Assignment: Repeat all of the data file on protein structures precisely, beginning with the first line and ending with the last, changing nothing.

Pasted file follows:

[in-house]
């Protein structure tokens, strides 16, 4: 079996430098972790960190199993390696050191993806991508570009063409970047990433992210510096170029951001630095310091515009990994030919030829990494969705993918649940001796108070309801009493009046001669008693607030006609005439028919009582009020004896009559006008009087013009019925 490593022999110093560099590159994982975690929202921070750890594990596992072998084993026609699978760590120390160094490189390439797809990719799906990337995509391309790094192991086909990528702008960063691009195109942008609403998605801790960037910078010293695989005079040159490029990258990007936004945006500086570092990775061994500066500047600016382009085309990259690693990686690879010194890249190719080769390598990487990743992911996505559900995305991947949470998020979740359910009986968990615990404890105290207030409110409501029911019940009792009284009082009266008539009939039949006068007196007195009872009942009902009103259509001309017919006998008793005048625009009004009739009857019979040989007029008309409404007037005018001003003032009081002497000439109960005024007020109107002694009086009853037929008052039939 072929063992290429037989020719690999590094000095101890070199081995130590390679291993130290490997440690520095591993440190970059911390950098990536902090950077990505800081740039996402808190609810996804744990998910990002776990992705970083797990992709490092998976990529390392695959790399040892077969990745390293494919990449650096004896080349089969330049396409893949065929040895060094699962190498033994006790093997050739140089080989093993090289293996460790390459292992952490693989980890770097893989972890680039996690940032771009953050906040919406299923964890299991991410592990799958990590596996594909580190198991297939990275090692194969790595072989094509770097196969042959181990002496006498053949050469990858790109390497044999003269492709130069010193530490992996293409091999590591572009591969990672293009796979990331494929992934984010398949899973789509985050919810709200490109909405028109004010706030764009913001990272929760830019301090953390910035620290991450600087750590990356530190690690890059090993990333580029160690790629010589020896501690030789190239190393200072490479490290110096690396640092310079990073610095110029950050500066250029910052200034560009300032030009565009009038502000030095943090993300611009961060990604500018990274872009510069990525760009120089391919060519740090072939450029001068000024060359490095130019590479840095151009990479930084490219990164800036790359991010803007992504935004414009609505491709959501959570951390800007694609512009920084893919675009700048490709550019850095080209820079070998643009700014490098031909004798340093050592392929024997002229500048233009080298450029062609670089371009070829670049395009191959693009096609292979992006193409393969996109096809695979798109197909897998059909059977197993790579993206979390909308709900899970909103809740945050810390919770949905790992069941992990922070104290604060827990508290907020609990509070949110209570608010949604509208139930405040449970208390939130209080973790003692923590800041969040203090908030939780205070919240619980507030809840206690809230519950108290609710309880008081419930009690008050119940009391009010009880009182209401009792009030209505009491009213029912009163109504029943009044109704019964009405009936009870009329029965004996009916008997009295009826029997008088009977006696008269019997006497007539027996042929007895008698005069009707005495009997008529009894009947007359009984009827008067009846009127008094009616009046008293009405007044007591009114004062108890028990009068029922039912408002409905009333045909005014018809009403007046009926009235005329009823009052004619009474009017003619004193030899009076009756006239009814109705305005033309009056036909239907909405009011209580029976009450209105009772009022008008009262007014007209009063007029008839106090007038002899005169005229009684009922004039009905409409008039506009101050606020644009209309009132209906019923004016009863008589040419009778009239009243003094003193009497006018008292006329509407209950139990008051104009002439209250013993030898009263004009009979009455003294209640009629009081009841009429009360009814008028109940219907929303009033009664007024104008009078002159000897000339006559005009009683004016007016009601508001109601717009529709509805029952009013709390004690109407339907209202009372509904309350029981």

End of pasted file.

[in-house]
């Protein structure tokens, strides 16, 4: 079996430098972790960190199993390696050191993806991508570009063409970047990433992210510096170029951001630095310091515009990994030919030829990494969705993918649940001796108070309801009493009046001669008693607030006609005439028919009582009020004896009559006008009087013009019925 490593022999110093560099590159994982975690929202921070750890594990596992072998084993026609699978760590120390160094490189390439797809990719799906990337995509391309790094192991086909990528702008960063691009195109942008609403998605801790960037910078010293695989005079040159490029990258990007936004945006500086570092990775061994500066500047600016382009085309990259690693990686690879010194890249190719080769390598990487990743992911996505559900995305991947949470998020979740359910009986968990615990404890105290207030409110409501029911019940009792009284009082009266008539009939039949006068007196007195009872009942009902009103259509001309017919006998008793005048625009009004009739009857019979040989007029008309409404007037005018001003003032009081002497000439109960005024007020109107002694009086009853037929008052039939 072929063992290429037989020719690999590094000095101890070199081995130590390679291993130290490997440690520095591993440190970059911390950098990536902090950077990505800081740039996402808190609810996804744990998910990002776990992705970083797990992709490092998976990529390392695959790399040892077969990745390293494919990449650096004896080349089969330049396409893949065929040895060094699962190498033994006790093997050739140089080989093993090289293996460790390459292992952490693989980890770097893989972890680039996690940032771009953050906040919406299923964890299991991410592990799958990590596996594909580190198991297939990275090692194969790595072989094509770097196969042959181990002496006498053949050469990858790109390497044999003269492709130069010193530490992996293409091999590591572009591969990672293009796979990331494929992934984010398949899973789509985050919810709200490109909405028109004010706030764009913001990272929760830019301090953390910035620290991450600087750590990356530190690690890059090993990333580029160690790629010589020896501690030789190239190393200072490479490290110096690396640092310079990073610095110029950050500066250029910052200034560009300032030009565009009038502000030095943090993300611009961060990604500018990274872009510069990525760009120089391919060519740090072939450029001068000024060359490095130019590479840095151009990479930084490219990164800036790359991010803007992504935004414009609505491709959501959570951390800007694609512009920084893919675009700048490709550019850095080209820079070998643009700014490098031909004798340093050592392929024997002229500048233009080298450029062609670089371009070829670049395009191959693009096609292979992006193409393969996109096809695979798109197909897998059909059977197993790579993206979390909308709900899970909103809740945050810390919770949905790992069941992990922070104290604060827990508290907020609990509070949110209570608010949604509208139930405040449970208390939130209080973790003692923590800041969040203090908030939780205070919240619980507030809840206690809230519950108290609710309880008081419930009690008050119940009391009010009880009182209401009792009030209505009491009213029912009163109504029943009044109704019964009405009936009870009329029965004996009916008997009295009826029997008088009977006696008269019997006497007539027996042929007895008698005069009707005495009997008529009894009947007359009984009827008067009846009127008094009616009046008293009405007044007591009114004062108890028990009068029922039912408002409905009333045909005014018809009403007046009926009235005329009823009052004619009474009017003619004193030899009076009756006239009814109705305005033309009056036909239907909405009011209580029976009450209105009772009022008008009262007014007209009063007029008839106090007038002899005169005229009684009922004039009905409409008039506009101050606020644009209309009132209906019923004016009863008589040419009778009239009243003094003193009497006018008292006329509407209950139990008051104009002439209250013993030898009263004009009979009455003294209640009629009081009841009429009360009814008028109940219907929303009033009664007024104008009078002159000897000339006559005009009683004016007016009601508001109601717009529709509805029952009013709390004690109407339907209202009372509904309350029981």